Weightless route flight

The earth is always pulling us to its centre with its gravity, a force to which all bodies on the planet are subjected to. In the beginning of the space program of United States, reduced gravity was an important matter on the general body behavior, making this study as a key on space exploration and transportation, and a capability of testing the personnel and equipment.

Weightlessnes in a C-131. Source: Nasa

For this option, it is necessary to simulate a zero gravity or well said a weightless environment. Here comes the role of Fritz Haber, an aeronautical engineer, and Heinz Haber, physicist who proposed the idea of a gravity free environment similar to space, simulating this by means of parabolic flight using an aircraft.

Heinz Haber and Wernher von Braun (1954). Source: Nasa

They were recruited after World War II in the operation paperclip, serving the American Space Program. The Haber brothers were researching the effects of space travel on humans and animals.

The parabolic flight allows the training of astronauts, and the studies of living organism in weightlessness, such as the experiments with cats’ orientation, and with pigeons in observing how their navigation capabilities are affected.

Weightless state of cats. Source: Airboyd/Youtube.com

The training of astronauts helps the experiments, and floating activities inside the aircraft, this change the body behavior, could cause airsickness, dizziness, among others. The plane is commonly known as Vomit Comet, thanks to this effects. When starting these flights, the NASA in 1959 used a C-131 Samaritan aircraft for carrying out the astronauts training and contributing to Project Mercury.

C131 Samaritan. Source: US Navy/aircraftcompare.com

Flying in a parabolic flight, the reduced-gravity aircraft, needs to perform a parabolic trajectory relative to center of earth. When this happens, the things within the aircraft experience a free fall, a sensation similar to orbiting the earth.

zero-g maneuver diagram. Source: NASA

The aircraft is set on 45-degree climb (nose high) on full engine thrust, at this state the bodies within the plane are subjected to 1.8g because of the engine acceleration and the earth gravity. after the lapse of 20 seconds, the engines are set on almost null thrust. All forces other than gravity are cancelled out and the plane is in freefall. Then, the weightlessness begins within the first 25 seconds approximately. The plane goes to 45 below horizontal, so the engines are set on power again experience the 1.8g. in this way the parabolic flight are performed. Throughout the flight, all personnel are kept continuously informed of the flight status, i.e. indication of how many seconds to the next parabola, number of minutes of rest period, etc.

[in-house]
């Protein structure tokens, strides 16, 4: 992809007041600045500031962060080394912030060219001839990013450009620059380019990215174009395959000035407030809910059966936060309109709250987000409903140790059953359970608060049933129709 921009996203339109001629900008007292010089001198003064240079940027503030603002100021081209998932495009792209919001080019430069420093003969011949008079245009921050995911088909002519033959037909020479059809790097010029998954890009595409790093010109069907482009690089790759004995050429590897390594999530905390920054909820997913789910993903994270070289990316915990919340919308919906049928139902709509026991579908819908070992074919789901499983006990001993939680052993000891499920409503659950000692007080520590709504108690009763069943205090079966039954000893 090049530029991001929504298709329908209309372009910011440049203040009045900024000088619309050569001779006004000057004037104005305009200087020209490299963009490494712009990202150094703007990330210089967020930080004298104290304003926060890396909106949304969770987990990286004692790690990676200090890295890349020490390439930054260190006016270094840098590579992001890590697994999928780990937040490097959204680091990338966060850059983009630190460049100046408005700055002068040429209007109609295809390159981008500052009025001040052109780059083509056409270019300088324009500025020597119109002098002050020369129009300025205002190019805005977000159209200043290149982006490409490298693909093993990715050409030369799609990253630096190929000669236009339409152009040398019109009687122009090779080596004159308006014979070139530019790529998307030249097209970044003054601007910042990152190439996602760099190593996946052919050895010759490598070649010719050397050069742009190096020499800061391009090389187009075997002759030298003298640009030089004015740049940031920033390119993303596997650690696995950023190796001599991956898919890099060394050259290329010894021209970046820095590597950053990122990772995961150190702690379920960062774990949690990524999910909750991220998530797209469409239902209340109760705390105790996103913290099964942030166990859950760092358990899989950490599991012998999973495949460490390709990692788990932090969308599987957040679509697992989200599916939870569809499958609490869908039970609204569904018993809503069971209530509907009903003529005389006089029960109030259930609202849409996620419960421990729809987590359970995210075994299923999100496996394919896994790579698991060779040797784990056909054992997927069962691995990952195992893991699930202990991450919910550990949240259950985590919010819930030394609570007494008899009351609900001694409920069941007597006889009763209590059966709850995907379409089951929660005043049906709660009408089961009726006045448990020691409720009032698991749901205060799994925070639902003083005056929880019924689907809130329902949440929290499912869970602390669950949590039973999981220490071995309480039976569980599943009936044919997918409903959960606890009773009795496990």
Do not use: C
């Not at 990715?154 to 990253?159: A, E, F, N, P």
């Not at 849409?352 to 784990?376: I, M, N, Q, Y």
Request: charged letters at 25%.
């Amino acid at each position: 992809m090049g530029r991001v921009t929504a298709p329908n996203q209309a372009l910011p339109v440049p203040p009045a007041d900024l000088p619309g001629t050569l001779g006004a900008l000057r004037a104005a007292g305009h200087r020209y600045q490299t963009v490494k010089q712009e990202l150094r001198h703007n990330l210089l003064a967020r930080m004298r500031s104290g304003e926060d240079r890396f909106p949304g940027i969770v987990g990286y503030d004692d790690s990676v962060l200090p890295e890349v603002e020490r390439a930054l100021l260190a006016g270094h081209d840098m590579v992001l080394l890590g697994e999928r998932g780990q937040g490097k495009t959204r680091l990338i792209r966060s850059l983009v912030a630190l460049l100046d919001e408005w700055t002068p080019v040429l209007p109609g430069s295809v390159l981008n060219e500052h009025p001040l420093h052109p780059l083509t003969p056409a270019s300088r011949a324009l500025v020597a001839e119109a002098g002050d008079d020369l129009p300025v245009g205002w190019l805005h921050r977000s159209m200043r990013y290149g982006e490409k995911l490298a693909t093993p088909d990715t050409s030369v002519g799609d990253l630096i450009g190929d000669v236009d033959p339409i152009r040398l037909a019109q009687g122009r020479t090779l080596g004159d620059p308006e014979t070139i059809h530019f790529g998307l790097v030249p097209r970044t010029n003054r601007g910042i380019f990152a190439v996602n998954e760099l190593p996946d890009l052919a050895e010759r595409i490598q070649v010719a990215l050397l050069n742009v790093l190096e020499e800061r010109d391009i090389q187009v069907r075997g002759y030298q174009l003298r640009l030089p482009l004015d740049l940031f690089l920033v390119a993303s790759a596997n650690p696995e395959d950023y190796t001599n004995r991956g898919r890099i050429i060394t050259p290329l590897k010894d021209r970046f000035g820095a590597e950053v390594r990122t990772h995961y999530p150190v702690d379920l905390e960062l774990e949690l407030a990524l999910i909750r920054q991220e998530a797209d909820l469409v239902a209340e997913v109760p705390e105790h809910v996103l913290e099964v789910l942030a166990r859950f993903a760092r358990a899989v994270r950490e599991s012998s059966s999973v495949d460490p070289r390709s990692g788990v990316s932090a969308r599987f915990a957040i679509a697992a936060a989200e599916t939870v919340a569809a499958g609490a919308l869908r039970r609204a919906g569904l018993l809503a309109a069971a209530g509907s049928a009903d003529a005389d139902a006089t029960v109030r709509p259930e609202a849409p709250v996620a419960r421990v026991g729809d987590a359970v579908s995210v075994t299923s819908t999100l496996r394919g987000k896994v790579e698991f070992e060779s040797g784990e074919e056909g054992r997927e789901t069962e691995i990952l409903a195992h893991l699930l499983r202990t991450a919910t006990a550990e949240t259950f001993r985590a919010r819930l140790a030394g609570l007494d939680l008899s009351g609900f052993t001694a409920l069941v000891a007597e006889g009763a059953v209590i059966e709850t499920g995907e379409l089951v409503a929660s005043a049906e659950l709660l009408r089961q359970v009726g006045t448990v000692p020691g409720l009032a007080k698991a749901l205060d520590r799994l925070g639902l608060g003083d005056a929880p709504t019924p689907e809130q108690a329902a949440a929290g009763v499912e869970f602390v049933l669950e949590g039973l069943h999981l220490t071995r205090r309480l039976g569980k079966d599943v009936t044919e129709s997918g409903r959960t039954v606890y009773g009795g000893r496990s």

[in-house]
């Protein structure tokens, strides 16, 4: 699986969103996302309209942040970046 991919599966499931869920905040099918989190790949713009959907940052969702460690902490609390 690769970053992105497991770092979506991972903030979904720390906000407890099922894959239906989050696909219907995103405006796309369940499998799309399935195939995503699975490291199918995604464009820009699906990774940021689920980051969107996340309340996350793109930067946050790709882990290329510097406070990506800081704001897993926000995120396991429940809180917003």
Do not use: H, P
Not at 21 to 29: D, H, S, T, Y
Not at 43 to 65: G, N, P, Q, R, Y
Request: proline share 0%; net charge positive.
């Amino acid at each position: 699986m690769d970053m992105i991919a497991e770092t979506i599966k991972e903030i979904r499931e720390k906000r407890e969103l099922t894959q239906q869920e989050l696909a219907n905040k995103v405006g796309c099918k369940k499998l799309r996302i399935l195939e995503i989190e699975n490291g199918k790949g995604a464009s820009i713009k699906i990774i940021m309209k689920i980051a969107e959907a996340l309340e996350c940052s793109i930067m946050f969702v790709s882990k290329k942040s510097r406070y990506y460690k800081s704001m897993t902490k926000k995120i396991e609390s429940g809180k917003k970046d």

Weightless Flight. Source: ESA

A relevant story, it is that this parabolic flight technique was used while filming the “Apollo 13” Movie, The scenes were shot aboard a KC-135 NASA, simulating the null gravity in the astronauts’ activities in the film.

How did they do that? Apollo 13 (1995). Soucre: The European Independent Film Festival/Facebook

Since 1984, the ESA used a NASA KC-135 in the beginning, and from 1996 flew an A300 Airbus “Zero-G” of Novespace, in 2014 the aircraft was replaced by an A310 equipped for parabolic flights, it was first used for scientific research in May 2015.

The Airbus Zero-G is now the world’s largest zero-gravity aircraft in terms of passenger capacity and experiment surface area, enabling scientists and the general public to access gravity-free conditions.

Airzerog
A310 Zero-G. Source: ESA

The main characteristics and features of the Airbus A310 Zero-G aircraft are:

  • The aircraft is a two-engine modified Airbus A310 “Zero-G” aircraft.
  • It is based at the Aéroport International de Bordeaux–Mérignac.
  • Aircraft maximum mass:157 tonnes.
  • Overall length: 46.4 metres.
  • Wingspan: 43.9 metres.
  • Fuselage diameter: 5.6 metres.
  • Total cabin volume: 300 m3.
Zero-G diagram. Source: airzerog.com

Partial-gravity flights are rare and offer a unique opportunity to conduct research in conditions that have only been reproduced a handful of times

notes ESA’s head of human research, Jennifer Ngo-Anh
A310 Zero-G. Source: ESA

As seen, all these activities related to weightlessness, are a relevant step in development and validation of experiments and equipment or space hardware, as well as the important astronaut`s training before carrying all of them to space, where the conditions and the space mission will be longer.

Researches have been hard working the different scenarios of the human space exploration, such as the moon and mars travel and settlement programs. One experiment is how will be walking on mars. They stated that the ideal walking speed turns out to be around half the speed on Earth.

Volunteers walked on force-monitoring platforms while the aircraft flew up and down to recreate martian gravity. Source: ESA

Therefore, we can observe how the parabolic flights have change the aeronautics and space field, allowing the outstanding experiments only achieved by a peculiar flight path.

References:

https://www.esa.int/Science_Exploration/Human_and_Robotic_Exploration/Research/Parabolic_flights

https://www.esa.int/Science_Exploration/Human_and_Robotic_Exploration/Research/Experience_weightlessness_on_board_the_Zero-G_Airbus

https://www.nytimes.com/1998/08/29/us/fritz-haber-86-dies-simulated-weightlessness-of-space.htm

Cover photo:

ESA.int

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